Say it with me; The Chiefs are a dynasty
Kansas City fought, scratched, and clawed their way into history.
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That word has a special meaning in sports. There are good teams. There are great teams. There are even all-time teams. But dynasties? Those are so rare that the word is hardly ever used, because it almost never applies. You might see a handful in your entire lifetime.
The names that are associated with those dynasties become something larger than just those individuals’ careers. The mystique of Michael Jordan wasn’t just because he was such a great player, it was because of the dynasty he helped create. Tom Brady’s unmatched (for now) resume wasn’t just about his individual brilliance, but his critical role in two different dynasties in two different decades. There’s something about longstanding dominance that stands out to us as fans of the sport, even if it’s a team you don’t cheer for. And it’s something that you never, ever lose.
Do you know why people look at teams like the Steelers, 49ers, Cowboys, and Patriots differently? Because no matter where they are now, they will forever be associated with the dynasties they have been a part of. As long as the NFL lives, those franchises carry with them a history that contains something that’s rare, something that’s different from having a few great teams. It separates them from someone like the Rams, who have a few different Super Bowls (and some terrific, all-time teams), but no dynasties. It is the ultimate achievement in sports.
And it wasn’t until Patrick Mahomes found Mecole Hardman in the right side of the end zone (the same general spot where Joe Montana found Willie Davis the night I became a Chiefs fan and my life, with zero exaggeration, was changed forever) that I realized this was the reason. That was why this year’s Super Bowl and playoff run meant so much more to me (and, I think, to so many other Chiefs fans and even the players themselves). The moment Hardman crossed into the end zone and the fact that they’d done it hit me, I knew.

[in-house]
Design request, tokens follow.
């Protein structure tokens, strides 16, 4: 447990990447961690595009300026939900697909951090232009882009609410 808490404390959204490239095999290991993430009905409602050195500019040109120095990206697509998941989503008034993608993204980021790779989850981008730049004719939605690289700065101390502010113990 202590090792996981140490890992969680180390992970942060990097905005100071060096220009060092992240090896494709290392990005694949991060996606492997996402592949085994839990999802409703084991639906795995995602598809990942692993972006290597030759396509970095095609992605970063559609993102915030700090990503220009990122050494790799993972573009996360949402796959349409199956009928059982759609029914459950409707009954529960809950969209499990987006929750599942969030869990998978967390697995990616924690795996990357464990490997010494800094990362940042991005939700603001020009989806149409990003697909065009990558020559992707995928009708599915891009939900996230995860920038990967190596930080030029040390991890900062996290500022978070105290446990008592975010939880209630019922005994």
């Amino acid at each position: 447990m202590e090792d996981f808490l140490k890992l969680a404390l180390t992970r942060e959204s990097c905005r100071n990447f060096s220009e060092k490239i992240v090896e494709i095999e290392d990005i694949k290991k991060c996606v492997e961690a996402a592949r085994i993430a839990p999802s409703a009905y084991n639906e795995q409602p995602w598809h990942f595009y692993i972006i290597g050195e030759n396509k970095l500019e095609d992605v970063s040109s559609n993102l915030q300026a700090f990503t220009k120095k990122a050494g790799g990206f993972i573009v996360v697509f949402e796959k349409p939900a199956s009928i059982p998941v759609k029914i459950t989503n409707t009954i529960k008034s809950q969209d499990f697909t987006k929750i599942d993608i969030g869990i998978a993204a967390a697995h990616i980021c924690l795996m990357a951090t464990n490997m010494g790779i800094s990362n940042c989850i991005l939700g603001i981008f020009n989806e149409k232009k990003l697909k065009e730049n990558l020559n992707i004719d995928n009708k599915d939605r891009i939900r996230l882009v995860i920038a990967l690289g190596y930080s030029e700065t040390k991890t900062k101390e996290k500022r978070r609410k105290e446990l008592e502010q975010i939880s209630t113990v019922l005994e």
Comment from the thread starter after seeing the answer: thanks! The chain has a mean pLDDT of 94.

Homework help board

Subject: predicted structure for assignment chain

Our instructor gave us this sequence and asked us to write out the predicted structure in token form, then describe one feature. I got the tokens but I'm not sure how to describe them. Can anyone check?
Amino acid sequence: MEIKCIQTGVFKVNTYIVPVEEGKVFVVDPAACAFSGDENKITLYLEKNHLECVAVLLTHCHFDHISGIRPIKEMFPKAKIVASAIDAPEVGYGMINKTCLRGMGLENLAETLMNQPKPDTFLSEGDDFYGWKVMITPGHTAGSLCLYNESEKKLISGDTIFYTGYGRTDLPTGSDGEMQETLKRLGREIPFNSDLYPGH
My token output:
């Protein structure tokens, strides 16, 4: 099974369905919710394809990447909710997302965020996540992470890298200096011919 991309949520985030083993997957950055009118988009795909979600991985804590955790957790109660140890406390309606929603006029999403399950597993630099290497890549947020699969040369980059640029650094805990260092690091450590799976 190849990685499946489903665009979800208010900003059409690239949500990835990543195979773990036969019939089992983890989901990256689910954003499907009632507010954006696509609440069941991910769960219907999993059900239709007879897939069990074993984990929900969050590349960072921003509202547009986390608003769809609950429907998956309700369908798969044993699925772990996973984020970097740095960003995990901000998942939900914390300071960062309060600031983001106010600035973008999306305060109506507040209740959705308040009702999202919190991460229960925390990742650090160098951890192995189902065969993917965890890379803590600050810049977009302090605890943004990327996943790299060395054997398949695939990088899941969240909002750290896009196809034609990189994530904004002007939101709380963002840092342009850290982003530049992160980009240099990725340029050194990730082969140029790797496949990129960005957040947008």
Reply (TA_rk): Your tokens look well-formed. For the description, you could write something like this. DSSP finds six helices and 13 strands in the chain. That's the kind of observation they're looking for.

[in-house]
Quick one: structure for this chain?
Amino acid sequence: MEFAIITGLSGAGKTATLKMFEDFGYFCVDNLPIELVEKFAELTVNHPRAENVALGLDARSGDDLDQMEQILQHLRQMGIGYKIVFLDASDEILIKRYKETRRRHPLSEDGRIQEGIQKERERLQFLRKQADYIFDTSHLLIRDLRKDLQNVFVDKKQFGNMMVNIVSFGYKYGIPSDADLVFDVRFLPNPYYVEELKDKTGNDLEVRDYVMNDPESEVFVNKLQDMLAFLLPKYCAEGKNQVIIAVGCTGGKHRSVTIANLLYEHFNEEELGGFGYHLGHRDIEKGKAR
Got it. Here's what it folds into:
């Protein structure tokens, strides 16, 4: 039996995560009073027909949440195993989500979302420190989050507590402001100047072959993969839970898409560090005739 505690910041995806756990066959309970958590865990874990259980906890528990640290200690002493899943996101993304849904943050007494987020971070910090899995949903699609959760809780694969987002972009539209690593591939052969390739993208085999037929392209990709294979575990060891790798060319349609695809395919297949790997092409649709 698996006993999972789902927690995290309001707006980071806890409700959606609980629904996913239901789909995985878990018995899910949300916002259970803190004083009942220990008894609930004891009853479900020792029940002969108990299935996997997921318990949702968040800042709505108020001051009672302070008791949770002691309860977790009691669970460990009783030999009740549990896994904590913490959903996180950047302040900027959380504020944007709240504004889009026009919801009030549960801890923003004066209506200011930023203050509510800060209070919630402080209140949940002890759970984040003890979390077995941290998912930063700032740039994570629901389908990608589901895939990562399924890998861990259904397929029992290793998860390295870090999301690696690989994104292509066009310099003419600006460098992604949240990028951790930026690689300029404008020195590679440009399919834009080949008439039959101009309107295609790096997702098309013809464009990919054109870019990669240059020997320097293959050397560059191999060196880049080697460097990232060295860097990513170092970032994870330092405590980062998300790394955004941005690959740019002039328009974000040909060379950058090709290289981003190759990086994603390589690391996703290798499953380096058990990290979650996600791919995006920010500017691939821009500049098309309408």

(Of course Reid had to use the “corndog” motion, and of course it had to be Hardman)
It wasn’t just that the journey had been so, so much harder (it was). It wasn’t just that so many people had really, finally counted the Chiefs out this year (they had). We can talk about both of those things at some point (heck, maybe even here, I’m free-flowing right now and you never know where I’ll end back up), but those reasons weren’t why I came close to the same level of emotion I reached four years ago when Damien Williams broke into the open field and ensured the first Super Bowl victory of my lifetime for the Chiefs.
The reason was that there was still a part of me that hadn’t fully accepted what it is the Kansas City Chiefs have become in the Reid/Spags/Mahomes/Kelce/Jones era. A part of me was still holding back, just a little. I knew in my head that the Chiefs had a shot at a dynasty, but some tiny part of me was still waiting for the other shoe to drop. It was such a small piece of my heart (let’s face it, fanhood is an issue of the heart) that I didn’t even realize it was there until… it was gone.
They’d done it. They’d grabbed a piece of football history that no one will be able to take away from them. No one could even try to realistically deny the greatness of this team, not without sounding foolish. Their names would be carved into the NFL’s legacy like the Steelers of the 70’s, the Niners of the 80’s, the Cowboys of the 90’s, and the Patriots in their two different runs. And I never believed (though I didn’t KNOW I didn’t believe) that the Kansas City Chiefs, a team that spent two decades breaking my heart, would be able to reach that pinnacle. Until they did it.